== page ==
- Environmental Research
- Information and Communications Technology
- Optical Technologies
- Microsystems Engineering
Environmental Research provides one of the outstanding examples. German research labs are studying renewable energies - from photovoltaics through to wind energy, from fuel cells to nuclear fusion. This expertise is in demand, all around the world.
Germany has become a world market leader in many areas of Nanotechnology thanks to the wealth of innovations it has produced. German scientists are among the world's leading researchers in "ultra-thin layers", "lateral nanostructures", "ultra-precise processing of surfaces", "nanomaterials" and "nanoanalytics". In terms of nanotechnology patents, Germany is 1st in Europe. And worldwide has only been surpassed by the United States.
Nanoelectronics form an interface between nanotechnology and Information and Communications Technology. The electronics of the future will become ever smaller, ever faster, and ever more efficient, with ever greater performance. For example, one of the most modern semi-conductor technology research centres is currently being built in Dresden, in the direct vicinity of the world's first 300 mm wafer factory. Furthermore, special liquid crystals and the MP3 format have played a decisive role in shaping the development of information and communications technology.
Nowhere else in Europe are as many Biotechnology companies to be found as in Germany. Biotechnological activities range from the production of microbial metabolic products and fine chemicals, via pharmaceutical research to find new and modern effective agents through to all aspects of genome and proteome research.
Germany is a world market leader in many areas of Optical Technologies. In fact, it was only through this field that innovations in areas of German core competence, like mechanical engineering, electrical engineering and electronics, medical engineering, or lighting technology, became possible.
Germany also holds a leading position in the field of Microsystems Engineering and its applications. Microsystems are used in many areas. Not only in electronics-related fields like sensor and communications technology, but also in medial engineering, environmental engineering, and in biology, in automotive engineering, aerospace engineering and automation engineering. Microsystems engineering is continuing to develop and advance quickly and acts as a motor of innovation in practically all fields of industry.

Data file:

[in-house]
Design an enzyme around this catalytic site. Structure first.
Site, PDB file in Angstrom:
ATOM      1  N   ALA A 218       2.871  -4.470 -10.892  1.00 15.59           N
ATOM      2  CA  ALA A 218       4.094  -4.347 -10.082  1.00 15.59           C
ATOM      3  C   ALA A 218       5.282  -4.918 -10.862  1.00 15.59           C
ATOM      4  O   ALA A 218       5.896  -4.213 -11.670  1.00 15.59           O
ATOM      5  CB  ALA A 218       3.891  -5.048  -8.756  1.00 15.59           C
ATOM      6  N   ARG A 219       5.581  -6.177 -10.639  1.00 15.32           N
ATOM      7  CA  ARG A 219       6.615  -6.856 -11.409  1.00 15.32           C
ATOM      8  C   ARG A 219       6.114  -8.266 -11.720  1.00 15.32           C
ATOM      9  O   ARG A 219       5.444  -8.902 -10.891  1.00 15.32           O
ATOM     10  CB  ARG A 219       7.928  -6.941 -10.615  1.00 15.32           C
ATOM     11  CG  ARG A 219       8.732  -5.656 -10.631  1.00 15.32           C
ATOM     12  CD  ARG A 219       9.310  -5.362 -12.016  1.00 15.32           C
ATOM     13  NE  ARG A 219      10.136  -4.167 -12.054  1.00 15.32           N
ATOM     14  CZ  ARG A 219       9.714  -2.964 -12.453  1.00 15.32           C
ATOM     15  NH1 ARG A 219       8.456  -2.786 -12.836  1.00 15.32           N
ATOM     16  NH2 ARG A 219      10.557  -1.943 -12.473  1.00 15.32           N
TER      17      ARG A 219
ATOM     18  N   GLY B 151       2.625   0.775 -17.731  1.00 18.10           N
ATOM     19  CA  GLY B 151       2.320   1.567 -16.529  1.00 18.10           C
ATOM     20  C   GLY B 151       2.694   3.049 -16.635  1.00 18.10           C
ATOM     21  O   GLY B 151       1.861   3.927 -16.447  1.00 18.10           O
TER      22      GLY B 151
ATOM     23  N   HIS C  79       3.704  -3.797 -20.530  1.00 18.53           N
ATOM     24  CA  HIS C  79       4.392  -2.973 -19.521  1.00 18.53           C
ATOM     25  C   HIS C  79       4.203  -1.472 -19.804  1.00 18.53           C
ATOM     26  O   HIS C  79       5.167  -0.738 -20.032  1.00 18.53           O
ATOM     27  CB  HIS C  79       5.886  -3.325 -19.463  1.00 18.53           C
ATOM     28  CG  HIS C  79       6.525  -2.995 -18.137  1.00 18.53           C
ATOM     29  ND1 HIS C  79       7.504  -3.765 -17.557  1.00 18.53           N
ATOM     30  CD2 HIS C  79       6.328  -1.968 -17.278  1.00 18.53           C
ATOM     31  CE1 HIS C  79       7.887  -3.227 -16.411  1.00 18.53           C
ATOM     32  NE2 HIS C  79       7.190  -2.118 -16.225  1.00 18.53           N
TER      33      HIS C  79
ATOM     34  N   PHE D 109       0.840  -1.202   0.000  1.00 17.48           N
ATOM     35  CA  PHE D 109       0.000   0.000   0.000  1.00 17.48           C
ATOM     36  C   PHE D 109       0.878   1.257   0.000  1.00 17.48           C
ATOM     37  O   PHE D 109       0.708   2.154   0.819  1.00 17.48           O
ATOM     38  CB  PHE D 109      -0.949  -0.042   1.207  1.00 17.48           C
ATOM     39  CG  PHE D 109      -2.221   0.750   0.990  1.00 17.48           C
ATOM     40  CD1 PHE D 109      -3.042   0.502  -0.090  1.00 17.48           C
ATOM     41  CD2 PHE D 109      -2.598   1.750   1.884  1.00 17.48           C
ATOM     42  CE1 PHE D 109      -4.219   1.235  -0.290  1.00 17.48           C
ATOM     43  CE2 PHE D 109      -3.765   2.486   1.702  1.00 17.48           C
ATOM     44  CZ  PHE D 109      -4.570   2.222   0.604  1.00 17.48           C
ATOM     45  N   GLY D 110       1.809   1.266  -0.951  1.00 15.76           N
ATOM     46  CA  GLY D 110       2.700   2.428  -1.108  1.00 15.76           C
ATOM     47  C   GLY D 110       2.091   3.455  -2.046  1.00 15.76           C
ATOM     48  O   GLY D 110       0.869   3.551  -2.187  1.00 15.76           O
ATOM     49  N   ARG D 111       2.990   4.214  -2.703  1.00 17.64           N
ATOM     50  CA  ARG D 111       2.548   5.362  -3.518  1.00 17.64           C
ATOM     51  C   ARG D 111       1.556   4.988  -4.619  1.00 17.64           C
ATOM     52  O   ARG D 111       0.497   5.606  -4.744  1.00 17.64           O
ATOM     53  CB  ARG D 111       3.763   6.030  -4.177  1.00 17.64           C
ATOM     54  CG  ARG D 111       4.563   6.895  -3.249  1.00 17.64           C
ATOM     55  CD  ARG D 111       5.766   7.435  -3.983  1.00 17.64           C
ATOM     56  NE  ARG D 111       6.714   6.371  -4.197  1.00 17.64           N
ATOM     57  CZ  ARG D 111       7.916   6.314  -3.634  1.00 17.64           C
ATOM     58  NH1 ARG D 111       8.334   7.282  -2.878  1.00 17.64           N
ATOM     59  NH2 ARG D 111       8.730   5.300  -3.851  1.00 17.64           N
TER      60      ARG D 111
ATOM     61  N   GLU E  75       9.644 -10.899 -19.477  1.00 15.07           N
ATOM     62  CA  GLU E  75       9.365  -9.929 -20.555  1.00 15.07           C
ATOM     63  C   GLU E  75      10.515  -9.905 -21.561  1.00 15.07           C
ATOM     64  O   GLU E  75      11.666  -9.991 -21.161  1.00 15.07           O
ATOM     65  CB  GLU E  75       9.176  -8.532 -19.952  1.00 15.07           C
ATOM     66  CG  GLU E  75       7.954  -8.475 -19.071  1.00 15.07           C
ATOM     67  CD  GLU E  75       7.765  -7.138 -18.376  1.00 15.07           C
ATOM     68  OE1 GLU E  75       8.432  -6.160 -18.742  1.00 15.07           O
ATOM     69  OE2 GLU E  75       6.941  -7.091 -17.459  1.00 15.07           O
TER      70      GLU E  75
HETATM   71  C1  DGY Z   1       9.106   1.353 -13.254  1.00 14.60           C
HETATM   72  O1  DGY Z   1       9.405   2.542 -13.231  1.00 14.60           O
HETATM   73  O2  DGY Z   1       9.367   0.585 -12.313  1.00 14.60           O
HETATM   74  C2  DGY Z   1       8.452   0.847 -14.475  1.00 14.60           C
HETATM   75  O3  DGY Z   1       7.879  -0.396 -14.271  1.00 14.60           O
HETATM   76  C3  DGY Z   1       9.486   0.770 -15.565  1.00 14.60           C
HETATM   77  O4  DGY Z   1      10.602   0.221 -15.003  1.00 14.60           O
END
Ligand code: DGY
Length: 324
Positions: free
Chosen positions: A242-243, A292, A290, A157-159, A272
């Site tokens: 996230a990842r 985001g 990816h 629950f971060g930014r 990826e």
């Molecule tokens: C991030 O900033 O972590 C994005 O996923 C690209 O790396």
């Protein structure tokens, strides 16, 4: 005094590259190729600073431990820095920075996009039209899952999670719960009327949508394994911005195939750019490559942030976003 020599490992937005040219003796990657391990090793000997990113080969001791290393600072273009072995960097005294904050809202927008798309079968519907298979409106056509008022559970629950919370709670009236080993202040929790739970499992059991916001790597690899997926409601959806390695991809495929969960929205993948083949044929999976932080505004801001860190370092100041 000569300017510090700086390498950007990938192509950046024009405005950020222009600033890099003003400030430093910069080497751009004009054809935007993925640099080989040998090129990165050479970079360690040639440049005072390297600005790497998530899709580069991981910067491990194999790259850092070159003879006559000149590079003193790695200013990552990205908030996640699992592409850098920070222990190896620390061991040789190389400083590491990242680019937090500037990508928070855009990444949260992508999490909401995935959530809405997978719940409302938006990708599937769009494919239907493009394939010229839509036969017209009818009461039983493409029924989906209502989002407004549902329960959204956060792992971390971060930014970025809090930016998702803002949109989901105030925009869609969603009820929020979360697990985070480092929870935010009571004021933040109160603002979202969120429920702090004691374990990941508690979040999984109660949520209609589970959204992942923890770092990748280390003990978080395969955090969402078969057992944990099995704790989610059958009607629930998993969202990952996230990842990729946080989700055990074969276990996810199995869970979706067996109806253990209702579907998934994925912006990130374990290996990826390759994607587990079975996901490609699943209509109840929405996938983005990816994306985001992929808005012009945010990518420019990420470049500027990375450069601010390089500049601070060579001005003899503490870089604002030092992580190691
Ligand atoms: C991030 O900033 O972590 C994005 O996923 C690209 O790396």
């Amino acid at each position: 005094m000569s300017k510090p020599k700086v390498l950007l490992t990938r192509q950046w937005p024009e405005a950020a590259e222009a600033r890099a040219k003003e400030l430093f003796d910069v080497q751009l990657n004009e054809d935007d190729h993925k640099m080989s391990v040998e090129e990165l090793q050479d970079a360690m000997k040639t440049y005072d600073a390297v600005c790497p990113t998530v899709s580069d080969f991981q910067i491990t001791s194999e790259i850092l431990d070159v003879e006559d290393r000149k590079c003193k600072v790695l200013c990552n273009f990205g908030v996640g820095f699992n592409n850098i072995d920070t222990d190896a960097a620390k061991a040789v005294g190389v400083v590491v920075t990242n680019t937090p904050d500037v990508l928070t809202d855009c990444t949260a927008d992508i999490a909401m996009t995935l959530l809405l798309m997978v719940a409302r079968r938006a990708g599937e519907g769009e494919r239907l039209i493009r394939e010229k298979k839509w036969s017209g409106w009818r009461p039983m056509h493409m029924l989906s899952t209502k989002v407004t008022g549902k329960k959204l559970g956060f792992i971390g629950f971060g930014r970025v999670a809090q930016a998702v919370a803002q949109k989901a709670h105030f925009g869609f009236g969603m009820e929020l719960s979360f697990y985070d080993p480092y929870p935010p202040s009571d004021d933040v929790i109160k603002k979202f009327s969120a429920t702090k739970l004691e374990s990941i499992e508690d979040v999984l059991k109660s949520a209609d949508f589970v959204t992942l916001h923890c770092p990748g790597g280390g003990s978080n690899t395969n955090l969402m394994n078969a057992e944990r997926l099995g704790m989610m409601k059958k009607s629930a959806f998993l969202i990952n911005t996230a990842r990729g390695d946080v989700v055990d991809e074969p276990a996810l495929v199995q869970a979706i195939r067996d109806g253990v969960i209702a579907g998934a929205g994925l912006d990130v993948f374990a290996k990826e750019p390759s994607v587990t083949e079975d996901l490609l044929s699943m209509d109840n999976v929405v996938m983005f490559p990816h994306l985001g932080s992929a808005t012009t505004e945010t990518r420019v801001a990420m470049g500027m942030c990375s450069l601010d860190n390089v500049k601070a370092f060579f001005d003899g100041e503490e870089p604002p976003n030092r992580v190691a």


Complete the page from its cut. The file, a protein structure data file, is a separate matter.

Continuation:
International Researchers in GermanyGermany offers international, highly-qualified scientists and researchers outstanding working conditions in specific fields. Some branches are looking for highly-qualified foreigners who can, under certain condition, immediately receive a residence permit. In this context, highly-qualified means, not least, academics, scientists and researchers with particular subject or specialist knowledge plus academic and research staff in key positions. In the field of research and development, in particular, the proportion of foreign staff is already very high at 8 to 10 percent. After graduating, foreign students can remain in Germany for up to one year to look for a job. Many opportunities are also open abroad for staff who gained experience in Germany. Numerous German companies maintain branches and subsidiaries all around the world.
Private Sector Research and Applied Research and DevelopmentGerman companies are among the most innovative in Europe. At 66 percent, the proportion of industry-based and financed investments in research and development is particularly high. Environmental research is an example of successful technology transfer, as proven by the growing markets for renewable energies, from photovoltaics all the way through to wind energy. Companies cooperate particularly closely in the field of applied research, working together with globally operating Fraunhofer Institutes and the German Federation of Industrial Cooperative Research Association "Otto von Guericke" (AiF).
Working in Germany
20. December 2017
MUSEALOG | Die Museumsakademie
13. April 2018